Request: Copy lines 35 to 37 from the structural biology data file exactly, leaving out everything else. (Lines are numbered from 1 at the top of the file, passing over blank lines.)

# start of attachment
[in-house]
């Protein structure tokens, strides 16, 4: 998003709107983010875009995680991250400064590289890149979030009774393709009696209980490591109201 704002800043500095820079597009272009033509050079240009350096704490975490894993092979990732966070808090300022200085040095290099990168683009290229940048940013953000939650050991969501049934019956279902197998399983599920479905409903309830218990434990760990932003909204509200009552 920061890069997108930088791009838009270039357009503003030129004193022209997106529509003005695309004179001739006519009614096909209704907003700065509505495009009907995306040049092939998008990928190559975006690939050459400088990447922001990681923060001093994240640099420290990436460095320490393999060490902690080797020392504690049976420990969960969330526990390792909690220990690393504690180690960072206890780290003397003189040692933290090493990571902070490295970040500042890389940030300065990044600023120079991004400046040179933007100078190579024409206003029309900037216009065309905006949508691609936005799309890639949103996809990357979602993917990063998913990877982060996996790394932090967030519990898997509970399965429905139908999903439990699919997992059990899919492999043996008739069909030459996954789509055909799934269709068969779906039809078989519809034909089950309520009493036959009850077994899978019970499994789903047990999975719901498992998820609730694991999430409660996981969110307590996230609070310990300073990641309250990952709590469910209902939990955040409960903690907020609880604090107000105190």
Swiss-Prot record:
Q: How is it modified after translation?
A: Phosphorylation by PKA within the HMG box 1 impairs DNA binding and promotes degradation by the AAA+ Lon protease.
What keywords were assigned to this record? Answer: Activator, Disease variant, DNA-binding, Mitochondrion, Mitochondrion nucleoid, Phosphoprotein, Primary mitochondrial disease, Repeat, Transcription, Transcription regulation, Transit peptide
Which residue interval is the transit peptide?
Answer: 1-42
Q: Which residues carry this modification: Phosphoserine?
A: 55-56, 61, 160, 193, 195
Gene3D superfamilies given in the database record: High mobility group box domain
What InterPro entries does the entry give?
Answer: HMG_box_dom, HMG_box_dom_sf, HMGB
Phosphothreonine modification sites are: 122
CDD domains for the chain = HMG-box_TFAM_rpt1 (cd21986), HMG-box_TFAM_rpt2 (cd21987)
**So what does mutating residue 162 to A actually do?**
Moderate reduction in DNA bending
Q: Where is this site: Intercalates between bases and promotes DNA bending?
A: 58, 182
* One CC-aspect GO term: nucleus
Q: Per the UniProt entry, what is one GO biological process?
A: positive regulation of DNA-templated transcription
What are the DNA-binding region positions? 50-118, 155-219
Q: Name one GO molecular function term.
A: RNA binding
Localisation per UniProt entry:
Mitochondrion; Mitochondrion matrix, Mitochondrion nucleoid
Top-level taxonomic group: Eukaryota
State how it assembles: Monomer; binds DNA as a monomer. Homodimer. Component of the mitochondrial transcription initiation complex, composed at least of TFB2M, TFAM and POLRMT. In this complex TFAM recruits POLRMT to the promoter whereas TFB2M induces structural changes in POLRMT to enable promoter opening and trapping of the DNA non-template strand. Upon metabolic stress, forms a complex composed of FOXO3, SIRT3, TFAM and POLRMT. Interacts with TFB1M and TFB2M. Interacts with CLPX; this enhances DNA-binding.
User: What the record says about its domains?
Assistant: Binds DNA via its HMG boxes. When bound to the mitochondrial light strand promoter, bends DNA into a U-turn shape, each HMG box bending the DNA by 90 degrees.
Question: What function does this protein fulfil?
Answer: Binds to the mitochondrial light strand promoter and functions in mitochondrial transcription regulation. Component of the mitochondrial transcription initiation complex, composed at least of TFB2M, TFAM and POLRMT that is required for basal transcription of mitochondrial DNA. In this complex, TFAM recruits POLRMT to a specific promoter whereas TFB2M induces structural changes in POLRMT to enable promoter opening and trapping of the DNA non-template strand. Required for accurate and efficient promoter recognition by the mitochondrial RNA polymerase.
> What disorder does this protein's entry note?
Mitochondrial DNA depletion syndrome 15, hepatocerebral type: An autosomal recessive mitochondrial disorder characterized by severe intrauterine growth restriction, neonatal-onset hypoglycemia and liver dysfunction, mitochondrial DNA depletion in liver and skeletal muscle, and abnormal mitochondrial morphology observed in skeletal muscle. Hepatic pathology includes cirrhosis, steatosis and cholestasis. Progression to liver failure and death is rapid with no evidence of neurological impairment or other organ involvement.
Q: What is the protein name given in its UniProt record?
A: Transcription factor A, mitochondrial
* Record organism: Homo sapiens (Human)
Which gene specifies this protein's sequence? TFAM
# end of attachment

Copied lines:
Mitochondrial DNA depletion syndrome 15, hepatocerebral type: An autosomal recessive mitochondrial disorder characterized by severe intrauterine growth restriction, neonatal-onset hypoglycemia and liver dysfunction, mitochondrial DNA depletion in liver and skeletal muscle, and abnormal mitochondrial morphology observed in skeletal muscle. Hepatic pathology includes cirrhosis, steatosis and cholestasis. Progression to liver failure and death is rapid with no evidence of neurological impairment or other organ involvement.
Q: What is the protein name given in its UniProt record?
A: Transcription factor A, mitochondrial